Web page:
The last ship to transport Africans to slavery was helmed by a Nova Scotian

The last ship to transport Africans to slavery was helmed by a Nova Scotian

How captain William Foster defied the law and trafficked African peoples to American shores.
As HRM officials lament the recent Halifax Transit “suck me, boy” racism that, along with a slew of other offences, has earned this town the moniker “Halissippi,” I’m mindful that the Clotilda—the last ship to transport Africans to bondage—was helmed by a Nova Scotian. His name?

Poor history of hiring Black workers continues

Those in government, media, education and business are complicit in the lack of Black Nova Scotians employed at the Irving Halifax Shipyard.
The effect of systemic racism damages indiscriminately.

Not ensuring adequate funding for the elderly in care homes is a glaring example of ableism

The premier is championing Bill 59 out of one side of his mouth while defending cutbacks in funding for housing out the other side.
The disabled community is the most diverse community of all.

The unbleeping of the media

There is a myriad of ways in which this normalization of vulgarity is problematic
I remember the anticipatory relief I felt on the eve of November 8, 2016, that normalcy would return the following day.

No consent, no pipeline

Trudeau’s government has disregarded Indigenous and community consent. We should be angry—so let’s be loud about it.
The year I was born, atmospheric carbon dioxide levels were 356 parts per million.

Relying on a statue in a park to tell our history is lazy

More history doesn’t mean more statues. It means more stories, more research, more resources and, more importantly, more listening.
Thousands of tourists will visit Halifax this summer and return home without learning an inkling of its history, all because a statue is locked in storage in Burnside.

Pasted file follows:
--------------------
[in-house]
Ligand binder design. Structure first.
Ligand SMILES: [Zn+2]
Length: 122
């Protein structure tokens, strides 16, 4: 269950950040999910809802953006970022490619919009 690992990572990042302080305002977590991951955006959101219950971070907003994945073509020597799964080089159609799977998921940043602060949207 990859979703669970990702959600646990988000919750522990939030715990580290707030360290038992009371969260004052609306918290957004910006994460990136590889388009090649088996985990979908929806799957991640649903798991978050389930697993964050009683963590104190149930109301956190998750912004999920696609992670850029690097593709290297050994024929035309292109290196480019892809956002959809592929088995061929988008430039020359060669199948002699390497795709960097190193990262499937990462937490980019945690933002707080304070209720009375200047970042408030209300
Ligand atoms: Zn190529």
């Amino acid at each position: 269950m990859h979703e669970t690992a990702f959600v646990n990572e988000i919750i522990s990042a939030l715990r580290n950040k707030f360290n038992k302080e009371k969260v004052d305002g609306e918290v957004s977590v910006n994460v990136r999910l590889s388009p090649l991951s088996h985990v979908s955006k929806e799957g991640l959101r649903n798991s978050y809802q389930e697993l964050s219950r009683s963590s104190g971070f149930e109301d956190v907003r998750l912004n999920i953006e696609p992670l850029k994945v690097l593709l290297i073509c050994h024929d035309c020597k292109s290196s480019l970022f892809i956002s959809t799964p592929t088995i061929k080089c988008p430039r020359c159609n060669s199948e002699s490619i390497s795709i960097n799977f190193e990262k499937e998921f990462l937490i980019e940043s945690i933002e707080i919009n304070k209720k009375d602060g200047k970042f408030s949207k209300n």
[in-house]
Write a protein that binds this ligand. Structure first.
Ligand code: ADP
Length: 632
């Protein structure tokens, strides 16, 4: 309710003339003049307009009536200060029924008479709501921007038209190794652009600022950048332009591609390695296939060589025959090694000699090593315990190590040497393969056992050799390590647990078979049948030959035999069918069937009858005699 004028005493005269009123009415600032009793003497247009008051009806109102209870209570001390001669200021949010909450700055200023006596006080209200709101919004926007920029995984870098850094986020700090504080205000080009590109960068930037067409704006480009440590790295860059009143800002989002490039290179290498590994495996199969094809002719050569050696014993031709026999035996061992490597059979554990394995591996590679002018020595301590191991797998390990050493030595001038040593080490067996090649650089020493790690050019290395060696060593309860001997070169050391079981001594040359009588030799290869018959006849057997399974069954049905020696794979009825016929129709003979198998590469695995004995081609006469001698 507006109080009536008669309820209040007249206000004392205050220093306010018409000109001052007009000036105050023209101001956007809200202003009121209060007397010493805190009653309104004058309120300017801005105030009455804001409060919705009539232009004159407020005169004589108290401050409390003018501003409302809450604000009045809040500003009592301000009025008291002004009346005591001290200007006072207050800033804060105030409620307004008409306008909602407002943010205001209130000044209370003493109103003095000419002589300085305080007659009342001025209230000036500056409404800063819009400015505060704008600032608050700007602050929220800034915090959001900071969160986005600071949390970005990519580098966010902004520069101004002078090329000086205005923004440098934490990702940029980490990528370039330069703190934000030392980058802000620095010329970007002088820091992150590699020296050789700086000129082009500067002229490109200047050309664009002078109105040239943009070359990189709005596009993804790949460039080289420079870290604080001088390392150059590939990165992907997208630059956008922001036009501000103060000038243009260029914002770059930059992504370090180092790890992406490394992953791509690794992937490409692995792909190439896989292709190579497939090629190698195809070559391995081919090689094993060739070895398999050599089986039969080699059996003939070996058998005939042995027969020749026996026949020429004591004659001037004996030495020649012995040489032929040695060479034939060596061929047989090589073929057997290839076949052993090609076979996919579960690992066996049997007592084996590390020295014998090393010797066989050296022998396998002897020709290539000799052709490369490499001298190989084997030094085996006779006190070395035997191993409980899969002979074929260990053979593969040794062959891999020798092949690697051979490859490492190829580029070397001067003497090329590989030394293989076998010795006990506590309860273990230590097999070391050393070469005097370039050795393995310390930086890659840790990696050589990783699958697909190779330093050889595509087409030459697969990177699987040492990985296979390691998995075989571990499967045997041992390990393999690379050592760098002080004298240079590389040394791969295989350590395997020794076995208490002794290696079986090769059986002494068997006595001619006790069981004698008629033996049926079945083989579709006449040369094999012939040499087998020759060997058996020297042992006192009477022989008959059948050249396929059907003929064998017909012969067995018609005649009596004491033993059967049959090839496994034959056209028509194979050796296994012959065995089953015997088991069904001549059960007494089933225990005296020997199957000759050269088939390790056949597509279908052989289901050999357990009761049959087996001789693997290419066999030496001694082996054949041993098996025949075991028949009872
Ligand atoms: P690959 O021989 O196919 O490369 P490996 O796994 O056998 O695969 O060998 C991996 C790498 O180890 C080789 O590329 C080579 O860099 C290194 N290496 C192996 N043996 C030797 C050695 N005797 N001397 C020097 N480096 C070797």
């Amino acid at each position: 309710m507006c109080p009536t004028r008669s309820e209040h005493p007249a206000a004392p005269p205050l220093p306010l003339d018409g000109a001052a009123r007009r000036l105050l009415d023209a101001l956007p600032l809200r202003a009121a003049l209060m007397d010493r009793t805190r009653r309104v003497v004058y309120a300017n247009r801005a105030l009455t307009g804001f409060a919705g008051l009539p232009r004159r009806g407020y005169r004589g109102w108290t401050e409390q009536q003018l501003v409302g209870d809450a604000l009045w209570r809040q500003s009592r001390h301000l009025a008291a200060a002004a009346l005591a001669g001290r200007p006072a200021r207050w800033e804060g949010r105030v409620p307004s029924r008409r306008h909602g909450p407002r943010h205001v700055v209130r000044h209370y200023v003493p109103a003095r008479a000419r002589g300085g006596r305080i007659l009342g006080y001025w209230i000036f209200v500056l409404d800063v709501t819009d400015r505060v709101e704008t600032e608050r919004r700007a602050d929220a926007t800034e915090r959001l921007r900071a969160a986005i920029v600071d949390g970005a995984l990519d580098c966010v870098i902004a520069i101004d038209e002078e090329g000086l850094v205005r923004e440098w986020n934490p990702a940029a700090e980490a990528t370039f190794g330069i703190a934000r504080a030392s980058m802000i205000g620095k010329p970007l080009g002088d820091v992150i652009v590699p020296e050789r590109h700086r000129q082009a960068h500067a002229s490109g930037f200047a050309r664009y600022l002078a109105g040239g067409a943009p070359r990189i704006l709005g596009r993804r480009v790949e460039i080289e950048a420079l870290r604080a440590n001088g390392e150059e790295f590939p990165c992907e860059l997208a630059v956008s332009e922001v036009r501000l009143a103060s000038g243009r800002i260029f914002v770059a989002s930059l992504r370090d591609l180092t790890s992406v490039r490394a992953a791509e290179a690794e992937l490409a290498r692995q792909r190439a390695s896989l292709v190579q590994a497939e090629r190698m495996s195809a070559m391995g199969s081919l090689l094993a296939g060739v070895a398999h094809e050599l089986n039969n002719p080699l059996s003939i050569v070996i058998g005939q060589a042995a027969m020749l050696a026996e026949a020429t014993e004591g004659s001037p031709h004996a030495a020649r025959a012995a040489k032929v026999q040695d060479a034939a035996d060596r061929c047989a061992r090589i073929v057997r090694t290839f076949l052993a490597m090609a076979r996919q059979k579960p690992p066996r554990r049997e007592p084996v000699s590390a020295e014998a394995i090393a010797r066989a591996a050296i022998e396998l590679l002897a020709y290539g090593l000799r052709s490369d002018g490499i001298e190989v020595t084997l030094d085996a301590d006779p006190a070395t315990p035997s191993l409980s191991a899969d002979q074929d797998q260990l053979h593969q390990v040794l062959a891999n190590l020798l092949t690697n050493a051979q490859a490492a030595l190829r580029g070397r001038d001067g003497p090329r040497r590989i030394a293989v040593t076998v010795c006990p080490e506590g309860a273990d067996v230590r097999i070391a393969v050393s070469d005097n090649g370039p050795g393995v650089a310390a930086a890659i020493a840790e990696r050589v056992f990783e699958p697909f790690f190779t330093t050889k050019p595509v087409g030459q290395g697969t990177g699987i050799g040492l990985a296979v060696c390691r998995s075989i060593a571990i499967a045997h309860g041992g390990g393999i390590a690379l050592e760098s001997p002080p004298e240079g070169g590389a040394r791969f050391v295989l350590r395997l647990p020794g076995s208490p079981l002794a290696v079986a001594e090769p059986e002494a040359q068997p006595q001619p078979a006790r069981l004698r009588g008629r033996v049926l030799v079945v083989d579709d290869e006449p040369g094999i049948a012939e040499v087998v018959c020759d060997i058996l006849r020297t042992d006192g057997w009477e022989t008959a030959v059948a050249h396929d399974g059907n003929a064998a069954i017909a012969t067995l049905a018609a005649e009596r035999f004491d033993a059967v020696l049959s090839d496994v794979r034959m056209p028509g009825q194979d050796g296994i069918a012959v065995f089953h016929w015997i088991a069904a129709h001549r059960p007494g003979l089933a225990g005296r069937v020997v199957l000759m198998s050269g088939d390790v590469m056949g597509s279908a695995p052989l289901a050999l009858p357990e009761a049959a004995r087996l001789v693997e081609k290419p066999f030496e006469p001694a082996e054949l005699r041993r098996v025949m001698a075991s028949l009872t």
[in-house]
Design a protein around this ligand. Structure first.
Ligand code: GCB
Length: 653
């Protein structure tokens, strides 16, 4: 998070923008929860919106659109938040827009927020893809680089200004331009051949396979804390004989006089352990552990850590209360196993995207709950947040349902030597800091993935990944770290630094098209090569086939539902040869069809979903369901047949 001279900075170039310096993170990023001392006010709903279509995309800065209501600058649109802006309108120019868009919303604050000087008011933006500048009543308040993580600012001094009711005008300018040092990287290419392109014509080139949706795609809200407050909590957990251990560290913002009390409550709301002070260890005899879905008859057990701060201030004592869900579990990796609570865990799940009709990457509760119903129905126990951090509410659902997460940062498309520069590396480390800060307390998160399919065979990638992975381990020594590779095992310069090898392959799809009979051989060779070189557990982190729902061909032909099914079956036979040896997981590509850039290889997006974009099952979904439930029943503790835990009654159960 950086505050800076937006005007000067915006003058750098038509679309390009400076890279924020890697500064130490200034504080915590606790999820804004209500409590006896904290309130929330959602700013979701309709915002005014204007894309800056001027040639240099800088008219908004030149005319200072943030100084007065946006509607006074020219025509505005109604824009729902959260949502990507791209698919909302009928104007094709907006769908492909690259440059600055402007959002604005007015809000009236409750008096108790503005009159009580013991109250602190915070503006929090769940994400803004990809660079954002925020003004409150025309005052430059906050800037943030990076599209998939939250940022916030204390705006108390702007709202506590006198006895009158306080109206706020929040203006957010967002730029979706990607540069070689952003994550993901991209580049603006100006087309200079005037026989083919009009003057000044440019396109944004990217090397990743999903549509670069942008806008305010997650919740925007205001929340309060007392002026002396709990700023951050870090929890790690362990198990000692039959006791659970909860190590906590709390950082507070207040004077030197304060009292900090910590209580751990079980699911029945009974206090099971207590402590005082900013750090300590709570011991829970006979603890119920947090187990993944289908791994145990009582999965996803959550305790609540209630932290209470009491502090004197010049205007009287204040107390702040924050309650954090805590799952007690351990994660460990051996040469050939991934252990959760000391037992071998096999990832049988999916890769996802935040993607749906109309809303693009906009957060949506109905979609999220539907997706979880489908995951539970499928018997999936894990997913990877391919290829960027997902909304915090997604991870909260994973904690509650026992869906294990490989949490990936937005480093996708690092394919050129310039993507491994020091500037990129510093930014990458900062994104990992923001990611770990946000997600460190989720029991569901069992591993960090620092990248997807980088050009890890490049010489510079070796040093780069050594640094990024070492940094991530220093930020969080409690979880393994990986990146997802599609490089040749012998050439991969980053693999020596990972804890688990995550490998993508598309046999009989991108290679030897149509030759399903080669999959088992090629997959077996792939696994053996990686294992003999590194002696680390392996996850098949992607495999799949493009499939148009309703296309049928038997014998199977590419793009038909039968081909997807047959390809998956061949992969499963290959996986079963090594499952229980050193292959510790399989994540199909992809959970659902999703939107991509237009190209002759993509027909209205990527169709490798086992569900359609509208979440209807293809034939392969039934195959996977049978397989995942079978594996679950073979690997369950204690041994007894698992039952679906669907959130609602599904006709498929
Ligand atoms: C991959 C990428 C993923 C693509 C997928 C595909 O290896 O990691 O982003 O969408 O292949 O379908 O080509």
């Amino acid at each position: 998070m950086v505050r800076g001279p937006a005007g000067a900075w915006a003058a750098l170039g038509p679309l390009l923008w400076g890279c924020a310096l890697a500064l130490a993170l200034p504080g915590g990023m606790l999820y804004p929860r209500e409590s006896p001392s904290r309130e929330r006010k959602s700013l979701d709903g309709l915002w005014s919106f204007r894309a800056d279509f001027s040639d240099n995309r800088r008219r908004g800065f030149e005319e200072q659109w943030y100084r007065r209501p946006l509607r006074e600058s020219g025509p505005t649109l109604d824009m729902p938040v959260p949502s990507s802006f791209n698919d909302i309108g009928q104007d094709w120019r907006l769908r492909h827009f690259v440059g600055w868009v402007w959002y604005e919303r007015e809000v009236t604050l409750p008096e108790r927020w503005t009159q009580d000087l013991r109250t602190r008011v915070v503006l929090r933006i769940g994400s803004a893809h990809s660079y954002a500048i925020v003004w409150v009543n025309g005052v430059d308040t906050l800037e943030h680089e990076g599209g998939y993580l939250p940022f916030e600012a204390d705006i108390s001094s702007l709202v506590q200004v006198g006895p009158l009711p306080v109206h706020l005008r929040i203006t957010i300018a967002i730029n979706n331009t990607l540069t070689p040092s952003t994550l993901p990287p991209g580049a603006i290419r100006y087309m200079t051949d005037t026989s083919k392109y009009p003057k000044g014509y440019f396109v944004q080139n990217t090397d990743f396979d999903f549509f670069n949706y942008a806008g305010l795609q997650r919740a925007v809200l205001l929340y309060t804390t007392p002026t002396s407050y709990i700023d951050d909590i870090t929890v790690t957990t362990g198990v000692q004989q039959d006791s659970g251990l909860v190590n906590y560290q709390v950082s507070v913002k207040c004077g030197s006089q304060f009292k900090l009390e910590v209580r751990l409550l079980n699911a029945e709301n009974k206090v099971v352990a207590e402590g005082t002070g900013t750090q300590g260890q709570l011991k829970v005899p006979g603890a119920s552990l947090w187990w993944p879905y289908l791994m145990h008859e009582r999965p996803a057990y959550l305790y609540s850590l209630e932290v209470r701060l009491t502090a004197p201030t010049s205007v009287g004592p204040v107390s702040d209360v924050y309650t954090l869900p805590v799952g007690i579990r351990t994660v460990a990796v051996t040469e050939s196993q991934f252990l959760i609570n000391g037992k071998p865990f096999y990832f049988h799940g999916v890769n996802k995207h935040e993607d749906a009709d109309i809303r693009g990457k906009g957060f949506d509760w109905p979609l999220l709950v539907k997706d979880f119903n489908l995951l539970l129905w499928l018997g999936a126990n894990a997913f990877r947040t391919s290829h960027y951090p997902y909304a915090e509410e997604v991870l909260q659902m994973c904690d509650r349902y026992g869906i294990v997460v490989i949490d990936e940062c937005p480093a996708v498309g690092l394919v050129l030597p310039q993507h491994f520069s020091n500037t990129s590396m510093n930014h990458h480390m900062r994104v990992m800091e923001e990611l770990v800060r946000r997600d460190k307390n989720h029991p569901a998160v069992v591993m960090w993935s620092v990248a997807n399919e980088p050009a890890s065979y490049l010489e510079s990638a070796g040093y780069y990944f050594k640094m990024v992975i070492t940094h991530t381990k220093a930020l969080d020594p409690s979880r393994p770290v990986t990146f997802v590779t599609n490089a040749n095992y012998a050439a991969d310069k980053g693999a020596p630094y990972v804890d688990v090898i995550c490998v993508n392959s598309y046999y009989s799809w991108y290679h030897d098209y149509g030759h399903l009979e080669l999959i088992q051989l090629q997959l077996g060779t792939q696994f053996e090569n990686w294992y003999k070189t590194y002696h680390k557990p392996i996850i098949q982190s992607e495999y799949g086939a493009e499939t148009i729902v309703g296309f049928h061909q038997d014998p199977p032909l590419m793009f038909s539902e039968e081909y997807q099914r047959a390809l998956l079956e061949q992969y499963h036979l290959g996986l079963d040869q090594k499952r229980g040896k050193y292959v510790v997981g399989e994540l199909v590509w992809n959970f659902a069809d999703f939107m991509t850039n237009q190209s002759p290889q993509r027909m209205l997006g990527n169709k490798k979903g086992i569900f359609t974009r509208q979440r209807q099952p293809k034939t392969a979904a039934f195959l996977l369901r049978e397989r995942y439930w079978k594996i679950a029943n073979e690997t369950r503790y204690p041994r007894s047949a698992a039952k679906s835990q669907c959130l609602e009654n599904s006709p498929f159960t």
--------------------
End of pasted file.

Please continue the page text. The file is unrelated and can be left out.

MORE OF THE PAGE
Civil servants lied to the police and that needs to be addressed

The province is hoping its FOIPOP blunder goes away and if it does, nothing will change.
It’s been a few months now since a 19-year-old Nova Scotian’s family home was raided over a rarely used “unauthorised access to computer” charge, which is a federal offence carrying up to 10 years in prison.

Our sad, shameless attempts to try and impress Chelsea Peretti

It took approximately 10 seconds for a tweet to turn Nova Scotians into parodies of themselves.
It makes sense that Matt Whitman would want to get Chelsea Peretti to hang out with him.

Dump trucks and social dumping

Private developers avoid the real costs of construction by passing them on to innocent bystanders.
The large dump trucks of construction waste thunder by my Schmidtville window with a downshifting growl on the grade outside my house.

How Halifax welcomed the Maroons

An excerpt from Almost Home: Maroons between Slavery and Freedom in Jamaica, Nova Scotia, and Sierra Leone.
In late July 1796, on a “glorious day of warmth and sunshine,” three large transports brought 549 Trelawney Town Maroons to the harbour of Halifax.

When the men we love hate women

When men kill their partners, we direct our anger in every possible direction except towards the man that killed his partner.
We were presented with 32 witnesses and an overwhelming amount of evidence that painted a gruesome picture. The Crown described how Nicholas Butcher read Kristin Johnston’s private messages, stalked her, sat outside in his car watching her through a window (with a kitchen knife in the console of his car, next to the driver’s seat), convinced her to come home with him and then, after she fell asleep, stabbed her 10 times in the throat until she was dead.